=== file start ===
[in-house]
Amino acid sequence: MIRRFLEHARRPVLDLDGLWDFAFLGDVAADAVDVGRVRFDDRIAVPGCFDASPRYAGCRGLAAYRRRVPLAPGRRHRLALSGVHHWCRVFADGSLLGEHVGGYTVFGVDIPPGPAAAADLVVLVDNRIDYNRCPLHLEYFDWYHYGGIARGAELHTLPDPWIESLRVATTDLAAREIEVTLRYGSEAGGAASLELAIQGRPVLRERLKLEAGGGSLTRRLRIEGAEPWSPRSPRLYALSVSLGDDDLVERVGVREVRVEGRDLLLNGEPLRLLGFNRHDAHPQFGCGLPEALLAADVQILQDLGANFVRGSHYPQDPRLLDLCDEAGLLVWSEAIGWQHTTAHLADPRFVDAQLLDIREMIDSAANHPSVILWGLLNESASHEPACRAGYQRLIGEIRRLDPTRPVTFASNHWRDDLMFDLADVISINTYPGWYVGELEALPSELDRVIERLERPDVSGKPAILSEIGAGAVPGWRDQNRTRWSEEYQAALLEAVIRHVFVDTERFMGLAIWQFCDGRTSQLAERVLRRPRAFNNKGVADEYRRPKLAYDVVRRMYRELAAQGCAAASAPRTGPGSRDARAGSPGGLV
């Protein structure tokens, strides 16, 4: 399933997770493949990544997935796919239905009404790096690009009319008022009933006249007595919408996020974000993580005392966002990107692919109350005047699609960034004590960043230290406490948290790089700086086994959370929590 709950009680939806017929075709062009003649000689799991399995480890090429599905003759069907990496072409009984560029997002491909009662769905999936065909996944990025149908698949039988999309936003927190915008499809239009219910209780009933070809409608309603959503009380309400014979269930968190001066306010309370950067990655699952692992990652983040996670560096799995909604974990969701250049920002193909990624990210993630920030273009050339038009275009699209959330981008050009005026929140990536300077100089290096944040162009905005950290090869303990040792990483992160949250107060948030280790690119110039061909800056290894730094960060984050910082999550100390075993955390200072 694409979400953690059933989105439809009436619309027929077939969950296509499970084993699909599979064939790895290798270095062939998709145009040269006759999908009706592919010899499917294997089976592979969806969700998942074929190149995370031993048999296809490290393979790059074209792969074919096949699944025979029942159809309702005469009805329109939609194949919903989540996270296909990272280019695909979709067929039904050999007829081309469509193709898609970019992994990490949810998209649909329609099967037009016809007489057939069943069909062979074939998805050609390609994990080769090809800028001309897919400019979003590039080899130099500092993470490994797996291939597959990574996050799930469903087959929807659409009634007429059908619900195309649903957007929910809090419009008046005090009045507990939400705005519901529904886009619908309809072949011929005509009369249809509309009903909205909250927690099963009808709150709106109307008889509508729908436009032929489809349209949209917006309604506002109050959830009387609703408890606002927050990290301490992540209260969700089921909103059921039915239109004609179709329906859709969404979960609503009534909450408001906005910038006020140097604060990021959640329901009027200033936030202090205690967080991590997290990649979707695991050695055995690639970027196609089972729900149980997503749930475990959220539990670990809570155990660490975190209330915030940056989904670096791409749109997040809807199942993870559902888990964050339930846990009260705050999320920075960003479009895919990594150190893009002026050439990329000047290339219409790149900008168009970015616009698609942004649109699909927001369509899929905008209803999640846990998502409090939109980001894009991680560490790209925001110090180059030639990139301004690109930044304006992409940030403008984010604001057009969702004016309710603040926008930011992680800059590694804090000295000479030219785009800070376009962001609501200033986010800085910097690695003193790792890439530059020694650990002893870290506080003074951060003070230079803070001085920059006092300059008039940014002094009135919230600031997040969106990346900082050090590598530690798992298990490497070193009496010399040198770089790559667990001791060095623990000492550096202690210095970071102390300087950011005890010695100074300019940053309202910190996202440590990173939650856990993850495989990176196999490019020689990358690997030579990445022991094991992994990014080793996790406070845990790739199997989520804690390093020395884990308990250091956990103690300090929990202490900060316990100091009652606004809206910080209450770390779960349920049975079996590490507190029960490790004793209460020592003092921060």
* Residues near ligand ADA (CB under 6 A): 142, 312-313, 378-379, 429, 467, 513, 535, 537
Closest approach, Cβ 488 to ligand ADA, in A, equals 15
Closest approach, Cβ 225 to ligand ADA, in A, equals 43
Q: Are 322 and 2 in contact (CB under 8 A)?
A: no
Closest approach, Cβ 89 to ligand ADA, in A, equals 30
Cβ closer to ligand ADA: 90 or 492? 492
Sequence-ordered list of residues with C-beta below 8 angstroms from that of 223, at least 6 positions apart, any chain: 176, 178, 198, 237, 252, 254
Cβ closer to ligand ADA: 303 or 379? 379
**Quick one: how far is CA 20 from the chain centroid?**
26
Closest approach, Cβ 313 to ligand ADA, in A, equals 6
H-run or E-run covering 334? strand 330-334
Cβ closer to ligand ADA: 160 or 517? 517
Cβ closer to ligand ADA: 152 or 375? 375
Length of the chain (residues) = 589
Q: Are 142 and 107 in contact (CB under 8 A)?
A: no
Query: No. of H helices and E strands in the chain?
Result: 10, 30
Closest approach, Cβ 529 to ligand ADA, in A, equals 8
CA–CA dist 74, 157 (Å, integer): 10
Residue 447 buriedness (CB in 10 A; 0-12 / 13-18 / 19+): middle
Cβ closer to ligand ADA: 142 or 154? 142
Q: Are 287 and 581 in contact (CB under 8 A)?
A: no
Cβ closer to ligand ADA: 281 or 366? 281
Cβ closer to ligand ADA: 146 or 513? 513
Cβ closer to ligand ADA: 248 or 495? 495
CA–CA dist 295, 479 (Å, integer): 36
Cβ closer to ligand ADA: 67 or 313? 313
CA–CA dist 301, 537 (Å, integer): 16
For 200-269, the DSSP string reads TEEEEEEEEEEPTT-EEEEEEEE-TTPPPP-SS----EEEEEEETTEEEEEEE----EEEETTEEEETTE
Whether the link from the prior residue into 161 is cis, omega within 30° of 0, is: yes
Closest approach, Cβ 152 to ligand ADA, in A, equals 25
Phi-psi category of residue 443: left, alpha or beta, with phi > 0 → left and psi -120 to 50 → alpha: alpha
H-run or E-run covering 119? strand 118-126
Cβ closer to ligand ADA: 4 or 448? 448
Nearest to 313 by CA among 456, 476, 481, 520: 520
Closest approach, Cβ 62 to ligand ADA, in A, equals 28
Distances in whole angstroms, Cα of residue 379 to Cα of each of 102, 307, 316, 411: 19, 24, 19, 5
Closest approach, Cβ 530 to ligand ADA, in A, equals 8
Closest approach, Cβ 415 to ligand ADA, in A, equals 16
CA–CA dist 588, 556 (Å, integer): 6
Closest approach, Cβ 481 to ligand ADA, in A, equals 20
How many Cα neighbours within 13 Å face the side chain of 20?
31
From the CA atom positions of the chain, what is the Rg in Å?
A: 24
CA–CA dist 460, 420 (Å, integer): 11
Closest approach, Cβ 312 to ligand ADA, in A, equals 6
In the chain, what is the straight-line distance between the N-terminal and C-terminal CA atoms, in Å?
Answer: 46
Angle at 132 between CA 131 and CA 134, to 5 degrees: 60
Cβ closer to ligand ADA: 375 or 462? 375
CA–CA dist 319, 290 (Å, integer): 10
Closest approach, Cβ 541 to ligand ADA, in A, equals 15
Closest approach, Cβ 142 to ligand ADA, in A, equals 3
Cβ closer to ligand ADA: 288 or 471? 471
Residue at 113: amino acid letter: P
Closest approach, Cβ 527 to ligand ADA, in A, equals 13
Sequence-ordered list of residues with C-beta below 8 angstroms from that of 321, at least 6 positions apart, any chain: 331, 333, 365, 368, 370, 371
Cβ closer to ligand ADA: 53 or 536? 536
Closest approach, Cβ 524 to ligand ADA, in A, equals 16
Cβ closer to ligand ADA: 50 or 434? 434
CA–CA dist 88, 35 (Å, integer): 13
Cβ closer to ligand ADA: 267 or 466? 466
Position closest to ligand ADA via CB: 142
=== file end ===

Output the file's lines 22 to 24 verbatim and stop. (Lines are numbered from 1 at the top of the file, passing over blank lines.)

Query: No. of H helices and E strands in the chain?
Result: 10, 30
Closest approach, Cβ 529 to ligand ADA, in A, equals 8